Parents’ Involvement with Controversial Songs in the Media

By Hannah Sexton

Montero Lamar Hill, also known as Lil Nas X, recently received backlash from parents after releasing “MONTERO (Call Me by Your Name),” released March 26, along with the music video.

Lil Nas X is a Black gay man, and his identity plays a large part in the music video, which has biblical themes and ends with Lil Nas X killing Satan. Many parents were outraged at not only the video, but also the lyrics of the song.

Some are comparing it to “WAP” by Cardi B, which sparked controversy among parents when it was released back in August 2020. Both songs contain sexual undertones and vulgar language.

“WAP” is a more extreme example, but somehow received less backlash than “MONTERO.”

In response to the outrage of parents, students have begun to point out that the songs parents listened to when they were younger were just as vulgar.

Some of the songs mentioned are by artists Eminem, Madonna and Olivia Newton. The children of parents from older generations are explaining that parents will always disapprove of what their kids are listening to – it travels from generation to generation.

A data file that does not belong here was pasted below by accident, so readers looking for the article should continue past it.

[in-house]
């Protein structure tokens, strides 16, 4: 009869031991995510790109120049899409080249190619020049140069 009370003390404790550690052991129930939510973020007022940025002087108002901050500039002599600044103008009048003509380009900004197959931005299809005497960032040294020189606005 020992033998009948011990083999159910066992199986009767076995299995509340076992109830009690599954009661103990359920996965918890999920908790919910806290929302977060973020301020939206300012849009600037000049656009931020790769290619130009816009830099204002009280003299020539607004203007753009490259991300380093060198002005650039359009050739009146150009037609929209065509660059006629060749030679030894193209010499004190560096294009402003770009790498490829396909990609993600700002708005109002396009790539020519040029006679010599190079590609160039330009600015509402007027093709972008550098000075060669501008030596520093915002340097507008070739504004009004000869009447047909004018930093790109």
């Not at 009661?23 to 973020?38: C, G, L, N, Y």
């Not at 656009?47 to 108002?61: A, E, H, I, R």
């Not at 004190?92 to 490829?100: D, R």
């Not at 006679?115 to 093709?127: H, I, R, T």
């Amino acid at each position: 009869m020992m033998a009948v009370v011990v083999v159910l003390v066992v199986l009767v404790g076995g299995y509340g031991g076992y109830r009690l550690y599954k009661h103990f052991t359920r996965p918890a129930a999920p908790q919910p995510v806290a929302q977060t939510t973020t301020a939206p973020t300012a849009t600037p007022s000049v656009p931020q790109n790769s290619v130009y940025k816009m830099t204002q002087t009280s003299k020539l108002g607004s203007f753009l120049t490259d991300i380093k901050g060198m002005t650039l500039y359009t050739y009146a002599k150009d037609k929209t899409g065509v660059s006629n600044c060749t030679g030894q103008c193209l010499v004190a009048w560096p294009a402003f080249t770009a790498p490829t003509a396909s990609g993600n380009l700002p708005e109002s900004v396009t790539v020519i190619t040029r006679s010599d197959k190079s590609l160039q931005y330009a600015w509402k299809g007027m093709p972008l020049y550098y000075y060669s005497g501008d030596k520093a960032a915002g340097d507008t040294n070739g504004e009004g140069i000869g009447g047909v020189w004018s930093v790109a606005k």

Depending on the point of view, some people like to focus on the beat of a song instead of the lyrics. When someone focuses on the beat of the music, they tend to ignore the sexual undertones of a song like “Physical” by Olivia Newton.

“It was something you could move to, so musically it was okay. The words – I didn’t pay any attention to really,” Donna Arvin, mother, said after listening to the song for the first time.

When asked if they had listened to artists like Madonna in their youth, parents Steve and Sheila Sexton and Randy and Donna Arvin all admitted to listening. Steve added that they all “sang [their] as*es off.”

The difference between the songs parents enjoyed back then and the songs they ridicule now are slim, agreed the four parents interviewed. Campbell Foster, a student at UK, says the difference is in the artist, not the songs themselves.

“Well, I think the big difference between that and what Lil Nas X is doing is that he is a Black gay man. I think that parents are afraid of that – they are afraid of that being flaunted,” Foster said.

Artists have always been open to writing sexual content into their songs, and the songs have almost always streamed on the radio for families in the car. So why are parents suddenly so involved in what their children consume?

“Social media,” Steve said in response.

“Facebook and TikTok have tuned us into a lot of what they are listening to and now we are all like ‘Oh my gosh! Our kids are listening to that!’” Sheila said.

All four parents agreed that in the end, no type of music should be banned.
“Free speech is free speech,” Randy said, “This is the United States of America.”